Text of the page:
Nothing Is Perfect

I came to an important realization last week.  This was that if I continued to wait until the conditions improved, and the sun shone brightly, and the night temperatures stayed consistent, and it stopped raining constantly... I might not begin my gardening season until it was half over.  My friends, there is no such thing as a perfect Spring, despite what last year afforded us.  Nothing is perfect, and this little fact is one of the things I love most about gardening.

Shit happens, and lots of it.  There is a strong possibility that my seedlings will be munched by the bunny I suspect may be living under my deck.  The weather might stay crappy all summer and cause diseases, rots, mildews and a poor yield.  I might muck everything up myself without outside influence.  But the truth of it is that without risks, there are no rewards - it's in the uncertainty of this activity of growing that lies the joy of it.  

It was with that simple realization in mind that I planted my first 2 veggie beds of the season on Monday, in the pouring rain, with cold-hardy veggies and seeds.  I tied up my old, weather-worn bamboo poles into tripods with twine I found in the shed with chilly, damp fingers covered in clay, and prodded peas into the soil beneath in the hope that they will eventually climb to the top.  I set out my seedlings, having coddled them since early March, into the mucky dirt in the hope that they'll thrive and will eventually form heads of broccoli and stalks of brussels sprouts.  I drew lines into the earth and dropped tiny beet, radish and carrot seeds into the spaces available in the hope that they won't be washed away before they have a chance to germinate.  I constructed a crude little cold frame out of u-shaped bamboo canes and an old plastic drop sheet in the hope that it just might help one bed germinate faster than the other. 

It was cold.  

It was muddy.  

It was messy.

I was happy in every moment of it.  
And I am hopeful.


Diggin' In

New beds were dug last weekend - good thing!

Rain, rain, go away... and take this April snow with you too!  It's a good thing that last weekend was so productive, because this weekend was a disaster!  I started creating brand new veggie beds while the sun was shining last week, and was planning to set out all of the broccoli, brussels sprouts, leeks and onions today.  Add to that sowing of some beets, lettuces, radishes and some early carrots and it was promising to be a nice, busy weekend. Hmph - best laid plans, right?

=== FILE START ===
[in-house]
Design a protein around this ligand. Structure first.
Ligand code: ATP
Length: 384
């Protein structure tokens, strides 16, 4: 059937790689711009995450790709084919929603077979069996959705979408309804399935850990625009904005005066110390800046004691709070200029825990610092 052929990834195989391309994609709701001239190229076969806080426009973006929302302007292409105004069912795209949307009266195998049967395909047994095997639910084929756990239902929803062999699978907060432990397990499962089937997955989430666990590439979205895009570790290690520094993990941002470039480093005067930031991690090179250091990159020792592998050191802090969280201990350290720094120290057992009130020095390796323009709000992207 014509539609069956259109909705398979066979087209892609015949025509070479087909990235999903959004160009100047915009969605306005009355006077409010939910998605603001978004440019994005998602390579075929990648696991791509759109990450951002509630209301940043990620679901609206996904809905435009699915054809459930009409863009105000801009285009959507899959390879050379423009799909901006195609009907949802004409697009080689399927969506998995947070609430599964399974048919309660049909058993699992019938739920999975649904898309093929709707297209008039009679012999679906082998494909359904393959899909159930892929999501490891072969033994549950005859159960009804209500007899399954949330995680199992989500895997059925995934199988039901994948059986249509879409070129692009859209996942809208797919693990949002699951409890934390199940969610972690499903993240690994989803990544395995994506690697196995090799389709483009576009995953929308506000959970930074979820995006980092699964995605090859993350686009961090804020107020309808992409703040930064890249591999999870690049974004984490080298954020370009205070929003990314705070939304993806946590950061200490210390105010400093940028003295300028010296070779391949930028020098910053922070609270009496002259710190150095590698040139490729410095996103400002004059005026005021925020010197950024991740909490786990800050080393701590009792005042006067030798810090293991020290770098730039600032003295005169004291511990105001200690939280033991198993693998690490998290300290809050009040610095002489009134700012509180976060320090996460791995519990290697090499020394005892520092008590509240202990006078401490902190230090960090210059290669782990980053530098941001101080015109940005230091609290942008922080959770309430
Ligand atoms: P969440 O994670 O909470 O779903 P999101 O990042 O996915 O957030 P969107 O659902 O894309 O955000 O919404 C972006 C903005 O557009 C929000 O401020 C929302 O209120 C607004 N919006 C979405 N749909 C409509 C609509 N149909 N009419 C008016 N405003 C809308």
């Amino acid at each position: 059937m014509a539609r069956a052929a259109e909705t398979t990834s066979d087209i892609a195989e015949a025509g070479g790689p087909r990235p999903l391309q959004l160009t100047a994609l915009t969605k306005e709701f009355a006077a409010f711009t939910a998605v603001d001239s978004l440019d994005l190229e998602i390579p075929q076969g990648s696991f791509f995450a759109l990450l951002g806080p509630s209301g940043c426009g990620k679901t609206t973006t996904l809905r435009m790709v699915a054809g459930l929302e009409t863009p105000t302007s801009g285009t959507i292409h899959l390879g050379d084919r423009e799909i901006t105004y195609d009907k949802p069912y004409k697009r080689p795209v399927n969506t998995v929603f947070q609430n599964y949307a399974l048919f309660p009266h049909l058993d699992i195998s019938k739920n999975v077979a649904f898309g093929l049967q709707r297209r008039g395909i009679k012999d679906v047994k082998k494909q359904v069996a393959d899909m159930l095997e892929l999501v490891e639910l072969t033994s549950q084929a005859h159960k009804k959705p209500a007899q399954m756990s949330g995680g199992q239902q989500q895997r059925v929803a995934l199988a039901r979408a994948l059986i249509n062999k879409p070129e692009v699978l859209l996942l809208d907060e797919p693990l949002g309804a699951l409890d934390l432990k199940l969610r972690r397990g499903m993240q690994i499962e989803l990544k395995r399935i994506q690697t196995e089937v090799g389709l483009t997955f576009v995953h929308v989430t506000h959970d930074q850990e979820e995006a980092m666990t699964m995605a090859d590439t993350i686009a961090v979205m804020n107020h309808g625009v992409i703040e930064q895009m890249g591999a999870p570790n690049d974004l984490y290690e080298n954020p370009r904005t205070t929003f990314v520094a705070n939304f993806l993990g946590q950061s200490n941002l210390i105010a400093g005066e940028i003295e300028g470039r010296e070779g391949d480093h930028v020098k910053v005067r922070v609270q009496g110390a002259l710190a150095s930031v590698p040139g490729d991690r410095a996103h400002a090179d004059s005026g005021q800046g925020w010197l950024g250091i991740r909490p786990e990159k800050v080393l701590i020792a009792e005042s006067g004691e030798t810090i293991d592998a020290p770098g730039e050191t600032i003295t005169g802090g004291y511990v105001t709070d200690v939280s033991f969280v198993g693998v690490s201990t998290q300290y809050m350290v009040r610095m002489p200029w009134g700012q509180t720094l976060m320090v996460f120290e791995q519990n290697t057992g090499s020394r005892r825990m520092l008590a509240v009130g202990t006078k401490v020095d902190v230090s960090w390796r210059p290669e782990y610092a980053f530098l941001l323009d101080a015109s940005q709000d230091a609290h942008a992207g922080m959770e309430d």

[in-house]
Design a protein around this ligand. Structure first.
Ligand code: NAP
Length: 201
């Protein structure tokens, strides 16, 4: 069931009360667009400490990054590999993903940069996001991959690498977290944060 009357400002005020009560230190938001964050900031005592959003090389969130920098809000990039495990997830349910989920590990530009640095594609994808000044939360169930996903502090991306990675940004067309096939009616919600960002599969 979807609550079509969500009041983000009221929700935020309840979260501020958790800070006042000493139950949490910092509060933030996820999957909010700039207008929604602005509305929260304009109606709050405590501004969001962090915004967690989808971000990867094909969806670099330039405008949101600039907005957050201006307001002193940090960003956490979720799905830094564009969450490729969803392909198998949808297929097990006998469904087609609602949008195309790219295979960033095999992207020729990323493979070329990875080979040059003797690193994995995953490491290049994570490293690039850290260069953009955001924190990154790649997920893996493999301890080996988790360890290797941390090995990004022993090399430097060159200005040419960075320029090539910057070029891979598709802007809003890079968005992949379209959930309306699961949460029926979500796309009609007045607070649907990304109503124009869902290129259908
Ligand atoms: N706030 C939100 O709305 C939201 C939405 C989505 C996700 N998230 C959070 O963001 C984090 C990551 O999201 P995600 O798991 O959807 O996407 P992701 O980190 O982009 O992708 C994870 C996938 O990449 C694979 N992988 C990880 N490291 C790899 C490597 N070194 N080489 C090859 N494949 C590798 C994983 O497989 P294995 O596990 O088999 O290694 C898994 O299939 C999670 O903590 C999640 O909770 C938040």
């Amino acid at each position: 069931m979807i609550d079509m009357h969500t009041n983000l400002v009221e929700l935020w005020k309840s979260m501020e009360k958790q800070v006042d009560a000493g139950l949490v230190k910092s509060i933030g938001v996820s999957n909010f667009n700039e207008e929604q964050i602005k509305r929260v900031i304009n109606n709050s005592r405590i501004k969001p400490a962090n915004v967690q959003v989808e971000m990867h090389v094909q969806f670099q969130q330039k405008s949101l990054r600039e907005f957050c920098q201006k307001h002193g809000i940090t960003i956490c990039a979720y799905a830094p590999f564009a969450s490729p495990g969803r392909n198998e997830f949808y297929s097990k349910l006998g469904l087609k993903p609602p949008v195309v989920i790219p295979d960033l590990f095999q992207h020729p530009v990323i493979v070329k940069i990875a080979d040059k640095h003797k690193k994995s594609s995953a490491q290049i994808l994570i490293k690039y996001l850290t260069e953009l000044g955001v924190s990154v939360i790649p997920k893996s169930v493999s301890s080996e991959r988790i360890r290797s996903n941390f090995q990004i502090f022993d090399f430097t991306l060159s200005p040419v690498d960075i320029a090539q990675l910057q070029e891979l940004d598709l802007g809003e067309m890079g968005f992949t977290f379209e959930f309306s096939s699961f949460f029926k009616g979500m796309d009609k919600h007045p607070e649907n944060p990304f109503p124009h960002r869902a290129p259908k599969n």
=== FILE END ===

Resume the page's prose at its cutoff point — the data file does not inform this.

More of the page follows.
Ah well.  While I'm waiting for the weather to cooperate, here's a look at how my veggie beds are shaping up and how I went about creating them...

The season begins with planning & measuring.
 Starting new garden beds in a lawn can be intimidating.  You look across a perfect sea of green, and it takes a bit of visualization to consider the possibilities.  There are many ways to start a veggie garden, and my plans changed the moment I stuck my spade into the soil.  I had thought that I'd construct raised beds by removing the sod, building cedar boxes out of 2x6 boards and filling in with loads of compost... BUT, I was thrilled to find that beneath the monoculture of my ordinary lawn laid extraordinary native soil.  

My existing soil is lovely, rich and free of toxins or heavy metals.
Oh, the luck!!  It's a lovely clay loam that's rich in colour and easy to work with a shovel.  My friends, it would be criminal not to take advantage of this! I decided that I'd start with 4 beds, each 4' wide by 10' long, separated by 2' of space between them.  I'd turn under the sod, add some additional organic matter, and count myself a lucky gal. 

The sod is turned over with a spade and I worked it in by hand, filling in large air pockets.
It didn't take long to turn the sod over.  I methodically dug a spade-depth down and tossed the sod under, working back and forth across the width of the bed with Arcade Fire providing the soundtrack... not a bad way to burn a few calories!  After all of the sod was loosely turned, I went back over it by hand and with a small trowel, setting the chunks into place and filling in any large air pockets and breaking up the biggest chunks of clay.  Here's what it looked like after that:
The hand-worked soil looked great! 
 At this point, some may think, 'Why the hell didn't you just use a tiller?!'  Hand-turning soil is tough work, and yes, a tiller would have been much easier.  But I think that the easy way isn't always the best way - we're finding that out every day, aren't we?  A motorized rototiller rips up the soil in minutes, but the process is pretty violent.  I'd have obliterated the helpful earthworms that are in the soil (and I saw LOTS of them - a good sign!) and tilling can cause compaction of the sub-soil, which can inhibit healthy root growth over time.  So, I decided to put in the work, save the gas, and now I have beds that will never need to be tilled and will teem with life.  Not a bad deal.